Sunday, March 20, 2005

I need some help here...

It has to do with the Second Amendment and the fact that I seem to have upset the Artist once again.

The whole story is here

Can someone please explain, in simple terms, why a person would prefer to live in a society where the possession of firearms for personal protection is not a choice, but ( seemingly from the justifications used by so many people ) a neccessity.

As I said to the Artist in one of my comments, he is obviously not alone. The criticism is not personal in the least because of that. Because of that also, the attitudes he expresses seem societal and cultural, not personal.

As has happened in the past he has this dislike of contention without confirmation so in order to prove that there were orders of magnitude (I told him the difference was a factor of ten but I think it might be as high as twenty) in the rates of gun killings in the US and NZ I referred him to this site

But really, the question I have to ask - have asked of every person with whom I have debated gun ownership and the Second Amendment - is this...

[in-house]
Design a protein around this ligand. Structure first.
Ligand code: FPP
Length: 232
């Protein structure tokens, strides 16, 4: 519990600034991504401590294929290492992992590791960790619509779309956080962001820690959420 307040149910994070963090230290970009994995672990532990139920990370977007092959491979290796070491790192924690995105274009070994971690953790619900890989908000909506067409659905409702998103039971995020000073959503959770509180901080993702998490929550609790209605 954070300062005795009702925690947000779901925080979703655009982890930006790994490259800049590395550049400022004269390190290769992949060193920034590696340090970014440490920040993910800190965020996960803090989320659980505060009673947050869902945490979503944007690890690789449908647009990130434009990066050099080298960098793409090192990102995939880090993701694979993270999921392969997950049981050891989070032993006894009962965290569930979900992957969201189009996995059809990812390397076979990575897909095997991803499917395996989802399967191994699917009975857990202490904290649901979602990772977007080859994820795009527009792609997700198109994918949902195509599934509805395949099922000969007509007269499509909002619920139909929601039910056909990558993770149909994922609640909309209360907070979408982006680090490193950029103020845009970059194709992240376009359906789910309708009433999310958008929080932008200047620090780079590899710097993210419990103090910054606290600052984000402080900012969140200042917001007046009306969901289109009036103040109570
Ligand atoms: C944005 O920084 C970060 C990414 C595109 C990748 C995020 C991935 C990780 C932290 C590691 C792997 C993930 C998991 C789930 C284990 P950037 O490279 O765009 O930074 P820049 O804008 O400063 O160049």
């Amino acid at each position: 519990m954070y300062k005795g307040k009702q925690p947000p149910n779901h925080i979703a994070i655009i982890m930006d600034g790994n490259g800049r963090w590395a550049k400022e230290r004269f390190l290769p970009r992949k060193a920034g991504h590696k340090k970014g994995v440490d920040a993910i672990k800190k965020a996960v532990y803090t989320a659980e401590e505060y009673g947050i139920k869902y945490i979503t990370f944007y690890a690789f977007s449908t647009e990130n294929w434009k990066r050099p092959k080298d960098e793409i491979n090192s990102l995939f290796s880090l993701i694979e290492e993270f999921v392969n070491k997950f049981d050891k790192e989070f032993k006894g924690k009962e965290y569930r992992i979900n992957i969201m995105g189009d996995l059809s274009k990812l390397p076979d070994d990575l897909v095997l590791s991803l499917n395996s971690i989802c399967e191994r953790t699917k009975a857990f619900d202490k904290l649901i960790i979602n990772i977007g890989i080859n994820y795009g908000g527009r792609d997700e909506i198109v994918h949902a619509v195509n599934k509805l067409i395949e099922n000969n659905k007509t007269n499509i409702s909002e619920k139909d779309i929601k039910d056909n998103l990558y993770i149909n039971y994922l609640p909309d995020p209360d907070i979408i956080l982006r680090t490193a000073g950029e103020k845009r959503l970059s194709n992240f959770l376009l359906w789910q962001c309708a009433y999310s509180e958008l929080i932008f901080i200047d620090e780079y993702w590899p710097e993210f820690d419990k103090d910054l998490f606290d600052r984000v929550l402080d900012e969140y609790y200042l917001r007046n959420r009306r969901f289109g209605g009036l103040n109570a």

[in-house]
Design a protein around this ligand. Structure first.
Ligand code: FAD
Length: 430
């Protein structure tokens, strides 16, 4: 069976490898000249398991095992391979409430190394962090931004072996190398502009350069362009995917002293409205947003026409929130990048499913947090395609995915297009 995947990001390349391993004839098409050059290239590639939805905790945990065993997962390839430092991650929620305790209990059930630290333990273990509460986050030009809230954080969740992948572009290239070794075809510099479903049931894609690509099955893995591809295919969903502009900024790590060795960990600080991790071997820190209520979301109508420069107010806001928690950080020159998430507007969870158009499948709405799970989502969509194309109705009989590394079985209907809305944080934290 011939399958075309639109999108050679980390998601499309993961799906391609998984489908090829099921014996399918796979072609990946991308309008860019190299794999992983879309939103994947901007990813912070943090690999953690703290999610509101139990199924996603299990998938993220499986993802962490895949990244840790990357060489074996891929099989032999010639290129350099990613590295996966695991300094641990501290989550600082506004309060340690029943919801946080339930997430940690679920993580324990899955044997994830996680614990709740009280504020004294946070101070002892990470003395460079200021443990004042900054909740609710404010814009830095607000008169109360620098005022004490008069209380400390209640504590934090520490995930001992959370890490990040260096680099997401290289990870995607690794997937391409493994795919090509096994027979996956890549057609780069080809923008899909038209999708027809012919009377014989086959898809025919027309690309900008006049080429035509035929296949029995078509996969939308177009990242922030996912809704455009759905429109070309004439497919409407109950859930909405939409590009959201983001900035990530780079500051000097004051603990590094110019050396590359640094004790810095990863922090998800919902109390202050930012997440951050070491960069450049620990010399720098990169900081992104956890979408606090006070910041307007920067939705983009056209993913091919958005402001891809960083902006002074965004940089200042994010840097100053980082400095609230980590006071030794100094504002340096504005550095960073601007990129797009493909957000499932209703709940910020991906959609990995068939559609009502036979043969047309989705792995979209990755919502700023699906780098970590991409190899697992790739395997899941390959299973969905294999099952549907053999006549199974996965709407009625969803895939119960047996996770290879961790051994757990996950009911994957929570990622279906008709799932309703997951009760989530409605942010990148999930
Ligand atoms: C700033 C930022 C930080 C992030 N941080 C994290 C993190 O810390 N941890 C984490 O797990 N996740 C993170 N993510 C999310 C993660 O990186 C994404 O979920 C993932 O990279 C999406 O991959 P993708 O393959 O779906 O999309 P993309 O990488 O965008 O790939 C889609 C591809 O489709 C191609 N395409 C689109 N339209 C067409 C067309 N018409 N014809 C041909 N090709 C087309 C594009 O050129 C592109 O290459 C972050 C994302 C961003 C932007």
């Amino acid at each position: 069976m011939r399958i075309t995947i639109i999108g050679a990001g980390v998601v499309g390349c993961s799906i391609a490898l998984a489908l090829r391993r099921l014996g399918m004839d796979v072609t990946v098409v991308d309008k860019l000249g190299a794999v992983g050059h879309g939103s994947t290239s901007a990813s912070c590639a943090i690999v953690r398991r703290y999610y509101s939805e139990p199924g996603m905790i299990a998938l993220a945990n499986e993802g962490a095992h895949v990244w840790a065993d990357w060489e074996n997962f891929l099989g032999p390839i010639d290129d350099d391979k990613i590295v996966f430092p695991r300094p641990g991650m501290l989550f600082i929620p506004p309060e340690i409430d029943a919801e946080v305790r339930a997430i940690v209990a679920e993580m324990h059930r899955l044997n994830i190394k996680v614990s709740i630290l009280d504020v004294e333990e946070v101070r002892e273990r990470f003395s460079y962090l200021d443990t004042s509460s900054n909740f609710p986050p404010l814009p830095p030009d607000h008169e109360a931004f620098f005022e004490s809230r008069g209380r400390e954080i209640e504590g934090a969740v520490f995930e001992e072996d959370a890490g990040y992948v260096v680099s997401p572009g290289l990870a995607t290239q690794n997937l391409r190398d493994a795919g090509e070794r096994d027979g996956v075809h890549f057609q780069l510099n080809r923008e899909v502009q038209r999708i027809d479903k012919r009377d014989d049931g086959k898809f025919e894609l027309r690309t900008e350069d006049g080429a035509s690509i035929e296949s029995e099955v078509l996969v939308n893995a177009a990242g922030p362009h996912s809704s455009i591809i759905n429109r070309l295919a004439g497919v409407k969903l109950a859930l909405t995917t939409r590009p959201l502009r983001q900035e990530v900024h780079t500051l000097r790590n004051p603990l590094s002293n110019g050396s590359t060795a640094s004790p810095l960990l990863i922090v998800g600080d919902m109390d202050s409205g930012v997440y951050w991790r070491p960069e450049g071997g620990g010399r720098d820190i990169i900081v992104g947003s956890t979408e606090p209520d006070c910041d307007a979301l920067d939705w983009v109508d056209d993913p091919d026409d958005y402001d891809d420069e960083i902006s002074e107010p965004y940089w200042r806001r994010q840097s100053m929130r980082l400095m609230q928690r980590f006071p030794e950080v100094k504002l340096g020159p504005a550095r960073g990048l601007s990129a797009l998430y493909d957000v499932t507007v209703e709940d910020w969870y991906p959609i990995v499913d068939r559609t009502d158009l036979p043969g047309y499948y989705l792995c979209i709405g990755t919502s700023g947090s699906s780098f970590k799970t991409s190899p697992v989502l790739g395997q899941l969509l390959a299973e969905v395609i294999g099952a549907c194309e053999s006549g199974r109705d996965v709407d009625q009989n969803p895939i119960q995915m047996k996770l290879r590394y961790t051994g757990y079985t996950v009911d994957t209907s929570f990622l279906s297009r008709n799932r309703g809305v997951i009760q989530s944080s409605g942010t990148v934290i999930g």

"How can one honestly live in a society where the use and ownership of firearms is a culturally and socially accepted necessity?"


Aleksu said...

Blame it on the Pilgrims.

I'm serious.

It seems like the modern day Americans inherited the need to believe in dogmas from those religious nuts that landed on Plymouth Rock.

Everything that has to do with America (the country, f*ck that continent that happens to share the name) is written in stone, it is sacred, damn you if you dare to question anything.

And so, THE FOUNDING FATHERS are figures that are larger than life, they rank way up there, right below Jesus Christ and the Holly Spirit.

While the citizens of other countries learn and accept the flaws of the nation that they were born to and grew up in, Americans are programmed to think that the USA is the greatest country in the world, and to swallow that pill, you must divest the history of the country from all the "bad things".

And such is the "history" they teach in school.

The worst part is that then you get nuts like Rush Limbaugh saying that the second amendment is there to ensure that the government does not violate the first amendment.

TAotB said...